Mood state moderates the role of serotonin in cognitive biases.
Robinson OJ., Cools R., Crockett MJ., Sahakian BJ.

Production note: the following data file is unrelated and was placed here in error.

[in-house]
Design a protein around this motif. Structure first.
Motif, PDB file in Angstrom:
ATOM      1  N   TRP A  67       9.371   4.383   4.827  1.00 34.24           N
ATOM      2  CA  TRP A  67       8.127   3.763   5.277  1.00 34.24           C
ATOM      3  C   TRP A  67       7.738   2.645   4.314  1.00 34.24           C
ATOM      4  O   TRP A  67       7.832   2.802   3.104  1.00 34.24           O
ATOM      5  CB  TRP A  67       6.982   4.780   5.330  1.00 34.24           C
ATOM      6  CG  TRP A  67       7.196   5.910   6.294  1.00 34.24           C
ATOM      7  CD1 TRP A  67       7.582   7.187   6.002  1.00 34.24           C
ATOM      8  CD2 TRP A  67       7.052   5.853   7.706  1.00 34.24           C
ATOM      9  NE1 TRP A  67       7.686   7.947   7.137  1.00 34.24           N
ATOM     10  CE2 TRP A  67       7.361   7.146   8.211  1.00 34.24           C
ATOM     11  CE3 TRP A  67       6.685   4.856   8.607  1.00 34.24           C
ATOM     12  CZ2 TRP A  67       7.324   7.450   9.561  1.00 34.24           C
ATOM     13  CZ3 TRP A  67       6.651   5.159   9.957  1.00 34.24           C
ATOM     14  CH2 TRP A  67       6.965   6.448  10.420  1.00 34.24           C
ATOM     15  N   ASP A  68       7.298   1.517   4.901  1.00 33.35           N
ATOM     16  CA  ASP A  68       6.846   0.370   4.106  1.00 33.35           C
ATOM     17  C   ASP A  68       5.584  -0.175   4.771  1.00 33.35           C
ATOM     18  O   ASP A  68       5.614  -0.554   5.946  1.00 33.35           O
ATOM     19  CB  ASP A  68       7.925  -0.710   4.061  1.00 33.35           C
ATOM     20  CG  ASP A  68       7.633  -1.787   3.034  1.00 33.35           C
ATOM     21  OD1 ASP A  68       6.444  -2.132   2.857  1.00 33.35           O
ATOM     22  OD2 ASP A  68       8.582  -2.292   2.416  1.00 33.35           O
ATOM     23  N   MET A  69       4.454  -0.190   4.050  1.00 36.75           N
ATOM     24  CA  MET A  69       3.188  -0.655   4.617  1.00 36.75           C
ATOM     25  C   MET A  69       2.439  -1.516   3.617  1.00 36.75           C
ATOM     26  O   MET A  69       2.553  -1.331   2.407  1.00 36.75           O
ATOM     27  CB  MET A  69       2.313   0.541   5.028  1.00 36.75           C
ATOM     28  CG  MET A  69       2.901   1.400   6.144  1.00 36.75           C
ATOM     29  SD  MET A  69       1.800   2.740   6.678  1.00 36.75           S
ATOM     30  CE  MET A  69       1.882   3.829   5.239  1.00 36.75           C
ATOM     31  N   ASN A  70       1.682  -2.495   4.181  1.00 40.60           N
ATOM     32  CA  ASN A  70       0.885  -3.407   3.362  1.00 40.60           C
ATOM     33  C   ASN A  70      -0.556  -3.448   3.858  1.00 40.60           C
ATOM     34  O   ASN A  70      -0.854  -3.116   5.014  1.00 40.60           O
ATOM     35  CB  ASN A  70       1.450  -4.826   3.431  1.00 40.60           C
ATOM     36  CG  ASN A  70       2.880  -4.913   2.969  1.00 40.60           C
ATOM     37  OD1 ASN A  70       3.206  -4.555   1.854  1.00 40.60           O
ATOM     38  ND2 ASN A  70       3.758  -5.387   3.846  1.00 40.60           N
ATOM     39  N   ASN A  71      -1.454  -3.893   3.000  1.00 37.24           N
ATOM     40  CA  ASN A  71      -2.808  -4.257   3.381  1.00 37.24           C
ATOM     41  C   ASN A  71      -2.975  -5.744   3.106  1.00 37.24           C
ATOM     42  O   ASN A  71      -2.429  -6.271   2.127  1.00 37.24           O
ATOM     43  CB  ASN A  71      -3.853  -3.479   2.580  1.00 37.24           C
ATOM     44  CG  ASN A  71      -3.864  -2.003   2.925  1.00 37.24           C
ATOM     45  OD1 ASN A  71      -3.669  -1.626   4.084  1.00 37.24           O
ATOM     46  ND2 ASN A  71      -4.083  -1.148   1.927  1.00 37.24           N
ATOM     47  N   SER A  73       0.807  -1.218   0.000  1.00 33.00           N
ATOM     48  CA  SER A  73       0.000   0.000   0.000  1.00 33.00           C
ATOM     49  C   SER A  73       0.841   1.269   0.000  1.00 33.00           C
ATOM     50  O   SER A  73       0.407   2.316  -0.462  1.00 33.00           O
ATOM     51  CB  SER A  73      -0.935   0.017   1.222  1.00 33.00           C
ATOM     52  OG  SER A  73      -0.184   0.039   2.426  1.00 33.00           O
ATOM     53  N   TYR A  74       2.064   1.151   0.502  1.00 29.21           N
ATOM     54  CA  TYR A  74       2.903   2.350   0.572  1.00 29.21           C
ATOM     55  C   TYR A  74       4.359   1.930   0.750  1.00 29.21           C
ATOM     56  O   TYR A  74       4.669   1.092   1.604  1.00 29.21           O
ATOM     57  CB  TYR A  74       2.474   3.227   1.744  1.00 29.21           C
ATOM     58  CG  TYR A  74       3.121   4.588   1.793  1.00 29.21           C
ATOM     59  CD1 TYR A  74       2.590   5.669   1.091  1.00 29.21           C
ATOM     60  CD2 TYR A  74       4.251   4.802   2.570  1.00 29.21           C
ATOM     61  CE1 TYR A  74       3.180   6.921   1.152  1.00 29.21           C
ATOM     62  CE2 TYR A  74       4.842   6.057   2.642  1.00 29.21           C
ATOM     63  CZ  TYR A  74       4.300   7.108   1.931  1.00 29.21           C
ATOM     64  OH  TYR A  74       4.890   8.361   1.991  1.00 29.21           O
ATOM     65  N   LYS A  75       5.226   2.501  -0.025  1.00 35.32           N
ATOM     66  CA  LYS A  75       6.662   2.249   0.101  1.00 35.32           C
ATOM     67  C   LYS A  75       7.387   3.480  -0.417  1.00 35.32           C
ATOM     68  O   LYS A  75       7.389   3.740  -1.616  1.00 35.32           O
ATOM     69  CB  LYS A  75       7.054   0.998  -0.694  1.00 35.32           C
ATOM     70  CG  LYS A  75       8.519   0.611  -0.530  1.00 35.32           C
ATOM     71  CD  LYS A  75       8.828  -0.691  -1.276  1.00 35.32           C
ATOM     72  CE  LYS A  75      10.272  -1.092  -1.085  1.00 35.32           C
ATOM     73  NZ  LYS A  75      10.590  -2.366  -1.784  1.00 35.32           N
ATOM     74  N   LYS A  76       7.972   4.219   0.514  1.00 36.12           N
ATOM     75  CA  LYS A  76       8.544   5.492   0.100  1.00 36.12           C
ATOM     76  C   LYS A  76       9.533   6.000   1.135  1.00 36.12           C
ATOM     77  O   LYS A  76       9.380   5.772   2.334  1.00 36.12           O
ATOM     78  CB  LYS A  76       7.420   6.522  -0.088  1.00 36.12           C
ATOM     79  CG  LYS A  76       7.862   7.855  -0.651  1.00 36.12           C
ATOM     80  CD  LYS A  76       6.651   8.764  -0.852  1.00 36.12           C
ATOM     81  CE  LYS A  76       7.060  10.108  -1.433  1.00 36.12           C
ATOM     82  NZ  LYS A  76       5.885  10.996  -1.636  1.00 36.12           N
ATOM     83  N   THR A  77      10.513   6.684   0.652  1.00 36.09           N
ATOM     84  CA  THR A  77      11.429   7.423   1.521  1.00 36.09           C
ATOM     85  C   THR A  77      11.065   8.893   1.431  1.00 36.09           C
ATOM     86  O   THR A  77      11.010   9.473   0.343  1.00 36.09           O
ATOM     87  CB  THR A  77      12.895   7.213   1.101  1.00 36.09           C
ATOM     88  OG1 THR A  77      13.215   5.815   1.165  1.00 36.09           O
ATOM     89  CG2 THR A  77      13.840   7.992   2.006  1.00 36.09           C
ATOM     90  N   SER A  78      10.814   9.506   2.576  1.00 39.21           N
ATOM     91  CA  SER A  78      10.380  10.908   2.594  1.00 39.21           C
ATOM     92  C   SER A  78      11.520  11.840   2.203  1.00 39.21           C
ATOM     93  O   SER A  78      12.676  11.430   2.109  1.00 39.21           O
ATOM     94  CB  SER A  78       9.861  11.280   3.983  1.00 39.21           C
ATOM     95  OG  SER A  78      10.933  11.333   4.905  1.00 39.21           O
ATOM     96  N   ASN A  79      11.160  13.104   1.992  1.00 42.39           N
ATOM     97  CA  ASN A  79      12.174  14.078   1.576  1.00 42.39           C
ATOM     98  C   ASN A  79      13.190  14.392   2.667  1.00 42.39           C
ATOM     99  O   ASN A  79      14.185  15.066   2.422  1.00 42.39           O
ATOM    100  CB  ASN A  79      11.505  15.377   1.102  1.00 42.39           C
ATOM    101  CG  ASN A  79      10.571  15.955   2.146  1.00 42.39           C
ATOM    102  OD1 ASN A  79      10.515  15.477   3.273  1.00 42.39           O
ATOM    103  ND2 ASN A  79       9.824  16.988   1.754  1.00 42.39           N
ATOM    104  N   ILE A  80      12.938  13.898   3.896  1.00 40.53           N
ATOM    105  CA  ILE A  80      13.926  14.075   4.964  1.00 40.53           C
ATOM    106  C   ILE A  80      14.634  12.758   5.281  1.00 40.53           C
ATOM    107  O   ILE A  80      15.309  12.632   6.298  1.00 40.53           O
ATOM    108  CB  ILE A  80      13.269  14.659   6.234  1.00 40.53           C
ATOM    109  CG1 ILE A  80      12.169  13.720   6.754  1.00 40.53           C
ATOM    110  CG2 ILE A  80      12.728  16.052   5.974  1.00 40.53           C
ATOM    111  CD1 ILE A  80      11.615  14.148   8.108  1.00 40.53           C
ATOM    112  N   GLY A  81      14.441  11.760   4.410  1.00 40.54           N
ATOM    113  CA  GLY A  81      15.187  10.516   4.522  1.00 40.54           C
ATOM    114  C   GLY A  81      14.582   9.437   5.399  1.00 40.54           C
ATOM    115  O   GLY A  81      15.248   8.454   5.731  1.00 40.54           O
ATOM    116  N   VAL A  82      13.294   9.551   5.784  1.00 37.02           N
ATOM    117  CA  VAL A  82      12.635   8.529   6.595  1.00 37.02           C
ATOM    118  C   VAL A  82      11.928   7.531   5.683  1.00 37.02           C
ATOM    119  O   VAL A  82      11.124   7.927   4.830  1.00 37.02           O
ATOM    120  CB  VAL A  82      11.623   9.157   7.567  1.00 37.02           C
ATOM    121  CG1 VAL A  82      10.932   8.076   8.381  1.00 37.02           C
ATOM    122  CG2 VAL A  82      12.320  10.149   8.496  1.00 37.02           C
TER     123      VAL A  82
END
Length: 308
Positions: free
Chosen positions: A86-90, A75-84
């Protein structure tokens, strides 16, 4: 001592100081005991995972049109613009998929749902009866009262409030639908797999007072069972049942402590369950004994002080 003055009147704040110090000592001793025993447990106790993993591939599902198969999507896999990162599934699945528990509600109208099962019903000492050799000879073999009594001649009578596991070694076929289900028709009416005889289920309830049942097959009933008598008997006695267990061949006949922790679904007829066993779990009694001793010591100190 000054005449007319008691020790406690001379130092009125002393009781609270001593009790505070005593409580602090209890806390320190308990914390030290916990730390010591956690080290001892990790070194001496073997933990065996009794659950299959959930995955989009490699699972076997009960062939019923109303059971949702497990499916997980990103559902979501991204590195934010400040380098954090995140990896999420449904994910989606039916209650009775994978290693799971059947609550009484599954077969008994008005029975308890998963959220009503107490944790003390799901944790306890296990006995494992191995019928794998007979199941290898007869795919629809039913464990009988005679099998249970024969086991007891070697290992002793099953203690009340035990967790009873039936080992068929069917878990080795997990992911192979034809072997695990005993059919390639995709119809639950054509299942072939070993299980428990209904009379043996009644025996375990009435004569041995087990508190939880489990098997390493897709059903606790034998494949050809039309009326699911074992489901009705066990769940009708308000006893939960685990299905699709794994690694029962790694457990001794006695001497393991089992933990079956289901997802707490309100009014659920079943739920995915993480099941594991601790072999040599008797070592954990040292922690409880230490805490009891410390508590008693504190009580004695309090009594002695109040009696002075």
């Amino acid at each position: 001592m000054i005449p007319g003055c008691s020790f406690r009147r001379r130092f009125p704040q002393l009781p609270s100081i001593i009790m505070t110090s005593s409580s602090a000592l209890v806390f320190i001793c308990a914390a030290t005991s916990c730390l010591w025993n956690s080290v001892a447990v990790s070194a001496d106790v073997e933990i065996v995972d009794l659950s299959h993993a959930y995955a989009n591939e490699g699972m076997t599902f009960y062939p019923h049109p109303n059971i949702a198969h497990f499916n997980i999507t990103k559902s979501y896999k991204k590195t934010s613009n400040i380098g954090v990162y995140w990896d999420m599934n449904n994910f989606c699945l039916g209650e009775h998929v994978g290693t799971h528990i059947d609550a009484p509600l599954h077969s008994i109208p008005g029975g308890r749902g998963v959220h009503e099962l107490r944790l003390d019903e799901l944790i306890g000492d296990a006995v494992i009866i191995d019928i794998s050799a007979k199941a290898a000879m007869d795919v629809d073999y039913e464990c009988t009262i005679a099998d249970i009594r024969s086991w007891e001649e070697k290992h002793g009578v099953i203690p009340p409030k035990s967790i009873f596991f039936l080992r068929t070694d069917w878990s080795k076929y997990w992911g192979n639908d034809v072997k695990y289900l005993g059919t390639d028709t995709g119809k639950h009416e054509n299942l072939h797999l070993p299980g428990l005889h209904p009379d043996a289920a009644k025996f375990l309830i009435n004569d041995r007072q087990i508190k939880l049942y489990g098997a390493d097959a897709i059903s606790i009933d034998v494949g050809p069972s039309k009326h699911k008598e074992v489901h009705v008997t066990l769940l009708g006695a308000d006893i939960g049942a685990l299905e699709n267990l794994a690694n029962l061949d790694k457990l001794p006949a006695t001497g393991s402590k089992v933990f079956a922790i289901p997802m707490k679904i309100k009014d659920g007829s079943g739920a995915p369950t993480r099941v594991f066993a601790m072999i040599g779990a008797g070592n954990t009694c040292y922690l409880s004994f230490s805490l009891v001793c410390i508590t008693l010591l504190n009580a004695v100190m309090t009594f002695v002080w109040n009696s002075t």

Reduction of the monoamine serotonin (5-HT) via the dietary manipulation of tryptophan (acute tryptophan depletion; ATD) has been shown to induce negative cognitive biases similar to those found in depression in healthy individuals. However, evidence also indicates that there can be positive effects of ATD on both mood and reinforcement processing. Here, we present two separate studies, with remarkably similar findings, which may help explain these discrepancies. In both experiments, we assessed cognitive biases following experimentally induced mood states under both a balanced amino acid drink (BAL) and ATD. A significant interaction between treatment, mood state and cognitive bias was observed in both experiments. In the first experiment, subjects undergoing positive mood induction demonstrated a positive cognitive bias on BAL, which was abolished by ATD. The same effect was observed in subjects undergoing neutral mood induction in the second experiment. These effects replicate findings in healthy individuals undergoing ATD. Subjects undergoing negative mood induction, by contrast, demonstrated the opposite pattern of results; in both experiments, they showed no bias under BAL but induction of a positive cognitive bias by ATD. These results mimic previous findings in currently depressed patients undergoing ATD. We therefore suggest that mood state moderates the effect of ATD on cognitive biases. This, in turn, has important implications for the understanding of the role of 5-HT in psychiatric disorders.